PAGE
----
Making NexusQ Work Outside U.S.

Well actually I was planning to write on io, android and gwt but at last I found a way to run the NexusQ outside U.S. and can't stop posting.

Here is the apk file needed to turn NexusQ into a streaming device rather than a night lamp! Well you will not still watch movies but at least youtube will work and also some of the music.

Enjoy I/O 12 attendees!

Saturday, 7 April 2012

Let's fix Android!

No ecosystem is perfect, neither iOS nor windows. Most of the iOS developers would remember the days iPhones used to lack multitasking and the developers need to implement everything on 'applicationWillTerminate' method. Android also has its own flaws.

Android ecosystem has grown far strong and large. 850.000 devices are activated each day and by end of the year this would be much more than a million. Big ecosystems have bigger problems which is normal (compare pcs to macs). However the success on the phone market did not really achieved by the tablets. There are only a few set of devices supporting the latest os although it has been out months ago and even a newer version is on the way. 

I believe only the ecosystem can solve its problems. Both the users and the developers need to take responsibility! Here is the manifesto lets fix android!!

To Users,
- Do not buy devices not shipped with the latest available version of the Android OS! Vendors promised to bring the latest os to all devices with compatible hardware in 6 months [Google I/O 2011] but they did not. ICS was released months ago but it is still 2-3% of the whole devices. Still 90% of the devices are between 2.0 and 2.3. 
- Do not believe 'upgradable to' promises. I own an LG Optimus 3D which I was told upgradable to 2.3 last may but it is still stuck at 2.2. If it is not shipped with the latest version, simply don't buy! 
- Choose brands who tend to keep their devices up to date. Sony seem to have better reputation so far. Also reference devices (nexus one, nexus s, galaxy nexus, xoom) have a higher chance to get updates.  
- Support developers of the free software with your comments and ratings. Those people give their software for free so don't expect them to hire designers and buy graphic assets. If you have a problem or idea try to contact them. I personally replied every email i had about every complaint or feature request.
- Buy software. Android users tend to spend much less than iOS users. You pay for the device, for the network so pay for good software!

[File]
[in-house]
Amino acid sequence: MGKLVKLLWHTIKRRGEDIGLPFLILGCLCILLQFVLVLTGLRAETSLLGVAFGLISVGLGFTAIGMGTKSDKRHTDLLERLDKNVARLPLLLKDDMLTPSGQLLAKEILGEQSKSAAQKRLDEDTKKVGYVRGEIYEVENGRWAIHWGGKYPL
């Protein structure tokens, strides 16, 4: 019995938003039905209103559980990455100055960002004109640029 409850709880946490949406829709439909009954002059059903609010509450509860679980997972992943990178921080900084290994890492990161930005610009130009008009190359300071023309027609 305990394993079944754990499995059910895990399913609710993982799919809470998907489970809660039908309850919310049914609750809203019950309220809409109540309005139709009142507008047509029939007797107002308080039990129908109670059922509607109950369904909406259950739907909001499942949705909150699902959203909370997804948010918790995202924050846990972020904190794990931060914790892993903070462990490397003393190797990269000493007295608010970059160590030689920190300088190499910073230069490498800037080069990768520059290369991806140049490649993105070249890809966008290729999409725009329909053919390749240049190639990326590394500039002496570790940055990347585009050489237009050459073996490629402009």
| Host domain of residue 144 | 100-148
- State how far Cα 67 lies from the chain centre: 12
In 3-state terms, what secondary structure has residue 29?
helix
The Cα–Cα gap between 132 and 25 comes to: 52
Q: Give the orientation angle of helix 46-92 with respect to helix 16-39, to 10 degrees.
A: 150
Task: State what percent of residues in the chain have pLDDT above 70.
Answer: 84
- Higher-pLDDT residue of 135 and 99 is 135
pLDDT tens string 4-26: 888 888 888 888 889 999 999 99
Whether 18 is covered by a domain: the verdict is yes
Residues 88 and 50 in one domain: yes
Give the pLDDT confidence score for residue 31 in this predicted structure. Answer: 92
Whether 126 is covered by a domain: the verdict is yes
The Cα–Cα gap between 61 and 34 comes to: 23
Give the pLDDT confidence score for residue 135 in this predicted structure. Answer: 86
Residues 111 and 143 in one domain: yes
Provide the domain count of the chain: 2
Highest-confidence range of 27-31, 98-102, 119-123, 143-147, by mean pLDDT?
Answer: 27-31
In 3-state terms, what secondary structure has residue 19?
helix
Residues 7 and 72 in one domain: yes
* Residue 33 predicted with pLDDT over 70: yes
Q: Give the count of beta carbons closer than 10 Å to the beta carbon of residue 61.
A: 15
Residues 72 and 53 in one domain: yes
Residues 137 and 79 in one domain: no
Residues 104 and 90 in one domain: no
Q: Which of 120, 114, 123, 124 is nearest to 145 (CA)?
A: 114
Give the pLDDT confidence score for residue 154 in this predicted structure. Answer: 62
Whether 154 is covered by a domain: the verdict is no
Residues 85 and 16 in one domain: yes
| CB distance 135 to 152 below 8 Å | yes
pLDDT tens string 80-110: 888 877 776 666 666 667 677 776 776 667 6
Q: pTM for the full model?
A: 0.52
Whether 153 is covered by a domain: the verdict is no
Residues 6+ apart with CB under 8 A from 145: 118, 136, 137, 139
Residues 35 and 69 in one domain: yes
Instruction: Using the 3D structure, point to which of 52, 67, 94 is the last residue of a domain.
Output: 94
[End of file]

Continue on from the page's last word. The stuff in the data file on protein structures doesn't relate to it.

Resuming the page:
To Developers,
- Just because Google does not control the software you upload to Play, it does not mean you don't need to care quality. Follow best practices and UI guides. At least watch, read and listen free materials. There are great Google I/O talks.
- Don't thread tablets just as big phones. Build custom UI, use custom graphic assets and add new functionality. Android tablets are suffering on nice software. Keep in mind one way or other there will be more android tablets soon and if you can build something good you will shine.
- Don't design on your own and delegate it to a professional if possible. If not, use royalty free graphics.
- Use AsyncTask everywhere possible, don't lock the UI thread and make your software not responding.
- Keep the view hierarchy short, try not to use LinearLayouts.
- Explicitly use hardware acceleration.

... and finally Google,
- Everyone was mad with how apple deal their app store but it may be good to have a little more control on the content.
- Again it seemed great to have a free os but seems like vendors fail to keep their devices up to date. Just do something, anything but encourage and lead the to update their device's OS.
- Android grow so big that it took over Google I/O. Either have a seperate Android conference or just extend Google I/O and bring more people in.

Saturday, 31 March 2012

JavaEE Revisits Design Patterns: Aspects (Interceptor)

I have written some blogs on aspects years ago. AspectJ and Spring Aspects have served well for long years. However they may not be the first choice when it comes to JavaEE world. I have written several posts on how JavaEE implements several design patterns (singleton, dependency injection, factory, observer, asyncronous) and aspects is not an exception.

Interceptors are very easy to implement in JavaEE without any xml configuration. Lets go back to our example given in the previous posts and start with adding a new plain class. Since we already used logging as an example for the observer post, lets assume now we need to implement a security mechanism on our existing service.


package com.devchronicles.observer;


import javax.interceptor.AroundInvoke;
import javax.interceptor.InvocationContext;


/**
 *
 * @author murat
 */
public class SecurityInterceptor {
    
    @AroundInvoke
    public Object doSecurityCheck(InvocationContext context) throws Exception{
        System.out.println(context.getMethod().getName());
        
        return context.proceed();
    }
}


As mentioned before the class is a plain java class and does not implement or extend any other class. Here the @AroundInvoke annotation does the magic. The methods marked with this annotation need to return an Object and get a InvocationContext parameter. InvocationContext gives access to method and parameter info and values as well as ability to change them. In this example we simply get the method name. Another important point is to call context.proceed() to continue execution process.

To put our interceptor in action we need to add an annotation to our target classes which is the EventService bean from the previous posts.


package com.devchronicles.observer;


import javax.ejb.Stateless;
import javax.ejb.TransactionAttribute;
import javax.ejb.TransactionAttributeType;
import javax.enterprise.event.Event;
import javax.inject.Inject;
import javax.interceptor.Interceptors;